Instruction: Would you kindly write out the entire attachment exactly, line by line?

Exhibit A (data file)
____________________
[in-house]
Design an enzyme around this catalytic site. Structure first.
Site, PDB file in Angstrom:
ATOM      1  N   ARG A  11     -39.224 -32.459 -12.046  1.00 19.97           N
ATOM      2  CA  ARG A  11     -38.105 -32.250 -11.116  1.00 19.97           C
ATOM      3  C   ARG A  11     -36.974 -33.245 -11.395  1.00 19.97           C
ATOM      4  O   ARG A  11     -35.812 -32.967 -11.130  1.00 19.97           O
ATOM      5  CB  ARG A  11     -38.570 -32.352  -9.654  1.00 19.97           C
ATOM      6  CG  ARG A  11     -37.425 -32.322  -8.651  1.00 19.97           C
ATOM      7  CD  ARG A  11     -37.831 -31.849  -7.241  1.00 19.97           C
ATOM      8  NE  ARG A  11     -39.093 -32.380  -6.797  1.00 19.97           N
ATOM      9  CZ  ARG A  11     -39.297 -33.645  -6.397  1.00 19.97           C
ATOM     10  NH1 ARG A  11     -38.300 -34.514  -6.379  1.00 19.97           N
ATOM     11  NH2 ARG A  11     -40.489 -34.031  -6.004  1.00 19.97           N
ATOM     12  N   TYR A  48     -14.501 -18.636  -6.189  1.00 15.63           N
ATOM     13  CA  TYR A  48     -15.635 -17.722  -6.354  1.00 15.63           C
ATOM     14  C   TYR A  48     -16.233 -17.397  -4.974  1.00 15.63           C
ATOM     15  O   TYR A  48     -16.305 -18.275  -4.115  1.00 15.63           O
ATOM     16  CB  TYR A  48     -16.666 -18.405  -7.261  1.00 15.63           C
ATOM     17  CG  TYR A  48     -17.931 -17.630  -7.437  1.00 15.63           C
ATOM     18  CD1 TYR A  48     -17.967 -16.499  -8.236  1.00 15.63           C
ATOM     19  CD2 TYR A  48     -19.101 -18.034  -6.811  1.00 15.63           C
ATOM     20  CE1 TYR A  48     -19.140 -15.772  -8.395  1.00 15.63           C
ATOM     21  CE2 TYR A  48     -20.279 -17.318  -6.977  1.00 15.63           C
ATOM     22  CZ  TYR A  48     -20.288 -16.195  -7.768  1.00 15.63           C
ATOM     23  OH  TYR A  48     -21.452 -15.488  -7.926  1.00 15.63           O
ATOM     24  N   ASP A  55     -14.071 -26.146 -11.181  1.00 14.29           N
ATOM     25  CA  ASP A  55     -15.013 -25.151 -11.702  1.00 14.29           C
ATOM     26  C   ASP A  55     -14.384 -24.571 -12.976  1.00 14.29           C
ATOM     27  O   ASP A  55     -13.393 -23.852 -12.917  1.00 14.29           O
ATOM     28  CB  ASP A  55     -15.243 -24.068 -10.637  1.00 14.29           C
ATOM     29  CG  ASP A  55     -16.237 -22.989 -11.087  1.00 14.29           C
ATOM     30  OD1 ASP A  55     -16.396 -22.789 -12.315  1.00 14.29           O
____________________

[in-house]
Design an enzyme around this catalytic site. Structure first.
Site, PDB file in Angstrom:
ATOM      1  N   ARG A  11     -39.224 -32.459 -12.046  1.00 19.97           N
ATOM      2  CA  ARG A  11     -38.105 -32.250 -11.116  1.00 19.97           C
ATOM      3  C   ARG A  11     -36.974 -33.245 -11.395  1.00 19.97           C
ATOM      4  O   ARG A  11     -35.812 -32.967 -11.130  1.00 19.97           O
ATOM      5  CB  ARG A  11     -38.570 -32.352  -9.654  1.00 19.97           C
ATOM      6  CG  ARG A  11     -37.425 -32.322  -8.651  1.00 19.97           C
ATOM      7  CD  ARG A  11     -37.831 -31.849  -7.241  1.00 19.97           C
ATOM      8  NE  ARG A  11     -39.093 -32.380  -6.797  1.00 19.97           N
ATOM      9  CZ  ARG A  11     -39.297 -33.645  -6.397  1.00 19.97           C
ATOM     10  NH1 ARG A  11     -38.300 -34.514  -6.379  1.00 19.97           N
ATOM     11  NH2 ARG A  11     -40.489 -34.031  -6.004  1.00 19.97           N
ATOM     12  N   TYR A  48     -14.501 -18.636  -6.189  1.00 15.63           N
ATOM     13  CA  TYR A  48     -15.635 -17.722  -6.354  1.00 15.63           C
ATOM     14  C   TYR A  48     -16.233 -17.397  -4.974  1.00 15.63           C
ATOM     15  O   TYR A  48     -16.305 -18.275  -4.115  1.00 15.63           O
ATOM     16  CB  TYR A  48     -16.666 -18.405  -7.261  1.00 15.63           C
ATOM     17  CG  TYR A  48     -17.931 -17.630  -7.437  1.00 15.63           C
ATOM     18  CD1 TYR A  48     -17.967 -16.499  -8.236  1.00 15.63           C
ATOM     19  CD2 TYR A  48     -19.101 -18.034  -6.811  1.00 15.63           C
ATOM     20  CE1 TYR A  48     -19.140 -15.772  -8.395  1.00 15.63           C
ATOM     21  CE2 TYR A  48     -20.279 -17.318  -6.977  1.00 15.63           C
ATOM     22  CZ  TYR A  48     -20.288 -16.195  -7.768  1.00 15.63           C
ATOM     23  OH  TYR A  48     -21.452 -15.488  -7.926  1.00 15.63           O
ATOM     24  N   ASP A  55     -14.071 -26.146 -11.181  1.00 14.29           N
ATOM     25  CA  ASP A  55     -15.013 -25.151 -11.702  1.00 14.29           C
ATOM     26  C   ASP A  55     -14.384 -24.571 -12.976  1.00 14.29           C
ATOM     27  O   ASP A  55     -13.393 -23.852 -12.917  1.00 14.29           O
ATOM     28  CB  ASP A  55     -15.243 -24.068 -10.637  1.00 14.29           C
ATOM     29  CG  ASP A  55     -16.237 -22.989 -11.087  1.00 14.29           C
ATOM     30  OD1 ASP A  55     -16.396 -22.789 -12.315  1.00 14.29           O